The Yast Revolt of 2010: Ideas to Improve Yast Software Installations

Yast has been for a very long time the front face of openSUSE and SUSE, for that matter. It has been redesigned a few times and it has matured as one, if not the only one, best control center for the Linux Desktop. In many ways, having a graphical environment that allows you to configure otherwise hard tasks, is always welcomed. Yast is one of the strongest attraction points of openSUSE and it has suffered considerable criticism over the years as well. For once, it was criticized because it was a graphical environment that "dumbed down" things. Others did not like the layout, categories, etc. You name it and I bet that Yast has received these bad mouthing.

Although I love Yast and its graphical incarnation, I am yet to see innovations in the areas of simplicity and also with being current. Here are some transformations.

I am always very happy that SUSE has tried to make Yast very simple and powerful. I got to use most of the ones that I show here. But I will focus mostly on the installation section of Yast. Why? Because, I believe that new users coming to SUSE have to learn how to install software on SUSE. We know that Linux has a few package installation methods that can be hard to describe or make available to novice users using SUSE for the first time and wanting to get programs installed.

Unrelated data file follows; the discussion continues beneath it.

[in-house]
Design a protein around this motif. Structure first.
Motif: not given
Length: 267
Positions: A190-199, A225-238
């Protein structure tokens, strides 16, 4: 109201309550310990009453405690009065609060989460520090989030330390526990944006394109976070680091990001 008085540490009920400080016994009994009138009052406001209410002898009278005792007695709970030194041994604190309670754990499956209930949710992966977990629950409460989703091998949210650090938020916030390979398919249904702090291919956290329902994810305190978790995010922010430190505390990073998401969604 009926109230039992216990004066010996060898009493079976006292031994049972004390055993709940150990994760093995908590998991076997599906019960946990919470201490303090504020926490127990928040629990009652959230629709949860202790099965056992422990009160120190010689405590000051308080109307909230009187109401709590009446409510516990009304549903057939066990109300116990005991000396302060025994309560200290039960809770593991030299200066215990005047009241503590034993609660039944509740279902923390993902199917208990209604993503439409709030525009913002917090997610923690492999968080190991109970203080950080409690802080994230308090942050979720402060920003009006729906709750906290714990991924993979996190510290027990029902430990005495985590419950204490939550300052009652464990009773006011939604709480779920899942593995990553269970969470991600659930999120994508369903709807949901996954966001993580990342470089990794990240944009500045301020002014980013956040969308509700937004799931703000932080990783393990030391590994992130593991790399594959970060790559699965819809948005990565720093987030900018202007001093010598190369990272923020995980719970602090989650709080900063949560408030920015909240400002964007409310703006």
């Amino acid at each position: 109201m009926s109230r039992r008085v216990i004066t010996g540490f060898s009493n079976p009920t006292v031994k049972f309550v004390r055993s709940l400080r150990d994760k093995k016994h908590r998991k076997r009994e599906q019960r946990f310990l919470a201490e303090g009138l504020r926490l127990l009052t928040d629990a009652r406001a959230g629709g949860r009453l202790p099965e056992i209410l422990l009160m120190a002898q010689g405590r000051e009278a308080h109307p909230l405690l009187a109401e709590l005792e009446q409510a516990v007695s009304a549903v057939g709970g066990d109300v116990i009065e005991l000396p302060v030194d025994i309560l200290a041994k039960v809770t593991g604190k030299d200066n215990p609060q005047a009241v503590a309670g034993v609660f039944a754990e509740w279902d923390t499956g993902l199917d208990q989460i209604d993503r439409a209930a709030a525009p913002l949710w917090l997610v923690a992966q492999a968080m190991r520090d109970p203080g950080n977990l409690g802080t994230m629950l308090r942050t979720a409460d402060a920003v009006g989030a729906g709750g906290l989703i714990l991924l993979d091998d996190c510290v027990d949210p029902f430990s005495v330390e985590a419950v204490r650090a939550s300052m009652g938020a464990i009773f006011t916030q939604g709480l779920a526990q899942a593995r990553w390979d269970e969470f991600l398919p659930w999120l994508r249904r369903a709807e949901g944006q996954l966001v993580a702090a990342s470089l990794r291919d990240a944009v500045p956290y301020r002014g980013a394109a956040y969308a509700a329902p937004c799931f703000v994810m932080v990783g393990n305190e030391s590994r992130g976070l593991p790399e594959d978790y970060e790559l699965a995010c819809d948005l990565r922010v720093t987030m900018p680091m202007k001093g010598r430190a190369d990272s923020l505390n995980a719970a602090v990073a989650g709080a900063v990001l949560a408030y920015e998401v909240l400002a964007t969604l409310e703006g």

The current method seems to be a little too long and rather complicated. Starting with finding the Yast Install and Remove icon. These are the steps.

You see here that the longest way to find the application installer from Yast is about 5 clicks away from you. Some may say, "well, you can find it if you search for it on Kickoff." Others say "You can go to Computer and you will find it." While these two assertions are correct. I think that novice users do not even know how kickoff works, neither can they guess that the icon they are looking for is in the "Computer" tab. I believe, most users will first go to the Internet to find their applications. They'll discover that they do not work on Linux if they come from Windows or Mac. It would be hard for them to realize that their installations are done through a special Yast module.
For this reason SUSE created 1-click installs. Users go online to the openSUSE website, search for a package and then install it with 1-click install. I love this feature, it is much simpler than Ubuntu's Internet based installations. Following some tutorials, I generally end up adding repositories to the deb package system, then installing the program. SUSE solves those extra steps with 1-click install.

Once users reach the desired installation module within Yast, another interesting thing happens. It is an avalanche of information.